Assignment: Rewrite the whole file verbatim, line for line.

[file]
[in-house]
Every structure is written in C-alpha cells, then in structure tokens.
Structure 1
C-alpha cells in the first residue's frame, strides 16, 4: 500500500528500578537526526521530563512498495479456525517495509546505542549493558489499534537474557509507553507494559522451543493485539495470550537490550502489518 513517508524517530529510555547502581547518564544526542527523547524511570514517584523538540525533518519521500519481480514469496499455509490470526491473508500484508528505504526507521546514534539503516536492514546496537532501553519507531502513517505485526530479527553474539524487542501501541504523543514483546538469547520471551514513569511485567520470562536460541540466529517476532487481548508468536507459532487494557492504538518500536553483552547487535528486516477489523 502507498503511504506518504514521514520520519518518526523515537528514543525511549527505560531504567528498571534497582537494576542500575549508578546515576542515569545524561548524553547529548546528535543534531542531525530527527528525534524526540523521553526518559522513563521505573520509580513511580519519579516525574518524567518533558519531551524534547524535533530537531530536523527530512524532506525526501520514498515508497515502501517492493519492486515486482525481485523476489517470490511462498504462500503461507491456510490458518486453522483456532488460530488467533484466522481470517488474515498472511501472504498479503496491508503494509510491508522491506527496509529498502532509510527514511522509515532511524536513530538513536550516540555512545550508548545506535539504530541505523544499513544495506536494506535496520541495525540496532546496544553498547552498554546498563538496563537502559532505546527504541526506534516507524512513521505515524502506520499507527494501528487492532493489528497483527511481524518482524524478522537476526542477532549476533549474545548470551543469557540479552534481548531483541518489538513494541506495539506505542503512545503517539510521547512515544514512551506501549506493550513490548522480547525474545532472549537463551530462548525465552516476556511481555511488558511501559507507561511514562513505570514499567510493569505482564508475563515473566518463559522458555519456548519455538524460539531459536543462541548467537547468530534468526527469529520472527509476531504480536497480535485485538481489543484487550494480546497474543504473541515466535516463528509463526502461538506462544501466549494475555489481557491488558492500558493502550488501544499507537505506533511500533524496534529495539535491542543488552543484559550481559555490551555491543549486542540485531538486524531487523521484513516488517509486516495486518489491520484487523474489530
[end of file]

[in-house]
Every structure is written in C-alpha cells, then in structure tokens.
Structure 1
C-alpha cells in the first residue's frame, strides 16, 4: 500500500528500578537526526521530563512498495479456525517495509546505542549493558489499534537474557509507553507494559522451543493485539495470550537490550502489518 513517508524517530529510555547502581547518564544526542527523547524511570514517584523538540525533518519521500519481480514469496499455509490470526491473508500484508528505504526507521546514534539503516536492514546496537532501553519507531502513517505485526530479527553474539524487542501501541504523543514483546538469547520471551514513569511485567520470562536460541540466529517476532487481548508468536507459532487494557492504538518500536553483552547487535528486516477489523 502507498503511504506518504514521514520520519518518526523515537528514543525511549527505560531504567528498571534497582537494576542500575549508578546515576542515569545524561548524553547529548546528535543534531542531525530527527528525534524526540523521553526518559522513563521505573520509580513511580519519579516525574518524567518533558519531551524534547524535533530537531530536523527530512524532506525526501520514498515508497515502501517492493519492486515486482525481485523476489517470490511462498504462500503461507491456510490458518486453522483456532488460530488467533484466522481470517488474515498472511501472504498479503496491508503494509510491508522491506527496509529498502532509510527514511522509515532511524536513530538513536550516540555512545550508548545506535539504530541505523544499513544495506536494506535496520541495525540496532546496544553498547552498554546498563538496563537502559532505546527504541526506534516507524512513521505515524502506520499507527494501528487492532493489528497483527511481524518482524524478522537476526542477532549476533549474545548470551543469557540479552534481548531483541518489538513494541506495539506505542503512545503517539510521547512515544514512551506501549506493550513490548522480547525474545532472549537463551530462548525465552516476556511481555511488558511501559507507561511514562513505570514499567510493569505482564508475563515473566518463559522458555519456548519455538524460539531459536543462541548467537547468530534468526527469529520472527509476531504480536497480535485485538481489543484487550494480546497474543504473541515466535516463528509463526502461538506462544501466549494475555489481557491488558492500558493502550488501544499507537505506533511500533524496534529495539535491542543488552543484559550481559555490551555491543549486542540485531538486524531487523521484513516488517509486516495486518489491520484487523474489530